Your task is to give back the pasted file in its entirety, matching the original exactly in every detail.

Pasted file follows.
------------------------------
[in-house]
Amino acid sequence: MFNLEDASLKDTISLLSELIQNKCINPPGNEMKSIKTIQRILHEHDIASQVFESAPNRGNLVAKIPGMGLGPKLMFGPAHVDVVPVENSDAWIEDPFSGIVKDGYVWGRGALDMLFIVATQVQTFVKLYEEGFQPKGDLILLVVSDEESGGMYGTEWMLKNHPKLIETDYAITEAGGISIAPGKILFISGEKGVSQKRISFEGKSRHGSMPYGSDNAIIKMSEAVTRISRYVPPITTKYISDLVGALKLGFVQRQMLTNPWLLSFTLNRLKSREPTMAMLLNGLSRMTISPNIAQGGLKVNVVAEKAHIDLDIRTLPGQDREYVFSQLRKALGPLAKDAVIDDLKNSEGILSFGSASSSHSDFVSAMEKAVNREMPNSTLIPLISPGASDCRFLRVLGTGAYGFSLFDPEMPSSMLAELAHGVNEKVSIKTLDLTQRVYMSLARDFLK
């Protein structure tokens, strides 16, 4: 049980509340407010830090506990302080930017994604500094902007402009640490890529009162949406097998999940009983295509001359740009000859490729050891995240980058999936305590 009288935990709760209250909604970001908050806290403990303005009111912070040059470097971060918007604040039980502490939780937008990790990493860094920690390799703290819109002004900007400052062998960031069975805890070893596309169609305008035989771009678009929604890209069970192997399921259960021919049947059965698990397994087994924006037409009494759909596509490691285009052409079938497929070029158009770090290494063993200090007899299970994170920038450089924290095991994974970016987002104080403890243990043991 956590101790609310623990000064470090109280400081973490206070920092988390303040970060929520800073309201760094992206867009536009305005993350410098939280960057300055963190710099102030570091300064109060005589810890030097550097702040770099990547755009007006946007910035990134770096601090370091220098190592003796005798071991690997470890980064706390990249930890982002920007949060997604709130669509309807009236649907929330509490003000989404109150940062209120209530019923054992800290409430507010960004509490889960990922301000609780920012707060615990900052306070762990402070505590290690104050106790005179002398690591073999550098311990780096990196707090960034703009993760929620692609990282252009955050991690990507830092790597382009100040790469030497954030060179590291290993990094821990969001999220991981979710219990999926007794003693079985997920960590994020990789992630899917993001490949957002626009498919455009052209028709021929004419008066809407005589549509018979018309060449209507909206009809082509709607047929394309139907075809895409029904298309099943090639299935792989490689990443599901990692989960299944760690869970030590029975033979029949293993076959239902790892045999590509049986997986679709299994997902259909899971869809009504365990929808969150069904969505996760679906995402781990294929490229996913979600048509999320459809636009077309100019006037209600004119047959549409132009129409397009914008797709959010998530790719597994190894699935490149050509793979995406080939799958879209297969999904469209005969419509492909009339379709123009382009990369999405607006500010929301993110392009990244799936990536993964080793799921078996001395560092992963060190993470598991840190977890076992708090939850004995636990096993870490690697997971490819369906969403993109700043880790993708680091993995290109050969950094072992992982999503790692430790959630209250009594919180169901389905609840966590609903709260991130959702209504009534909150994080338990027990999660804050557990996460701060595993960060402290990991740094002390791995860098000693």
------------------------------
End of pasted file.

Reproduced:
[in-house]
Amino acid sequence: MFNLEDASLKDTISLLSELIQNKCINPPGNEMKSIKTIQRILHEHDIASQVFESAPNRGNLVAKIPGMGLGPKLMFGPAHVDVVPVENSDAWIEDPFSGIVKDGYVWGRGALDMLFIVATQVQTFVKLYEEGFQPKGDLILLVVSDEESGGMYGTEWMLKNHPKLIETDYAITEAGGISIAPGKILFISGEKGVSQKRISFEGKSRHGSMPYGSDNAIIKMSEAVTRISRYVPPITTKYISDLVGALKLGFVQRQMLTNPWLLSFTLNRLKSREPTMAMLLNGLSRMTISPNIAQGGLKVNVVAEKAHIDLDIRTLPGQDREYVFSQLRKALGPLAKDAVIDDLKNSEGILSFGSASSSHSDFVSAMEKAVNREMPNSTLIPLISPGASDCRFLRVLGTGAYGFSLFDPEMPSSMLAELAHGVNEKVSIKTLDLTQRVYMSLARDFLK
């Protein structure tokens, strides 16, 4: 049980509340407010830090506990302080930017994604500094902007402009640490890529009162949406097998999940009983295509001359740009000859490729050891995240980058999936305590 009288935990709760209250909604970001908050806290403990303005009111912070040059470097971060918007604040039980502490939780937008990790990493860094920690390799703290819109002004900007400052062998960031069975805890070893596309169609305008035989771009678009929604890209069970192997399921259960021919049947059965698990397994087994924006037409009494759909596509490691285009052409079938497929070029158009770090290494063993200090007899299970994170920038450089924290095991994974970016987002104080403890243990043991 956590101790609310623990000064470090109280400081973490206070920092988390303040970060929520800073309201760094992206867009536009305005993350410098939280960057300055963190710099102030570091300064109060005589810890030097550097702040770099990547755009007006946007910035990134770096601090370091220098190592003796005798071991690997470890980064706390990249930890982002920007949060997604709130669509309807009236649907929330509490003000989404109150940062209120209530019923054992800290409430507010960004509490889960990922301000609780920012707060615990900052306070762990402070505590290690104050106790005179002398690591073999550098311990780096990196707090960034703009993760929620692609990282252009955050991690990507830092790597382009100040790469030497954030060179590291290993990094821990969001999220991981979710219990999926007794003693079985997920960590994020990789992630899917993001490949957002626009498919455009052209028709021929004419008066809407005589549509018979018309060449209507909206009809082509709607047929394309139907075809895409029904298309099943090639299935792989490689990443599901990692989960299944760690869970030590029975033979029949293993076959239902790892045999590509049986997986679709299994997902259909899971869809009504365990929808969150069904969505996760679906995402781990294929490229996913979600048509999320459809636009077309100019006037209600004119047959549409132009129409397009914008797709959010998530790719597994190894699935490149050509793979995406080939799958879209297969999904469209005969419509492909009339379709123009382009990369999405607006500010929301993110392009990244799936990536993964080793799921078996001395560092992963060190993470598991840190977890076992708090939850004995636990096993870490690697997971490819369906969403993109700043880790993708680091993995290109050969950094072992992982999503790692430790959630209250009594919180169901389905609840966590609903709260991130959702209504009534909150994080338990027990999660804050557990996460701060595993960060402290990991740094002390791995860098000693």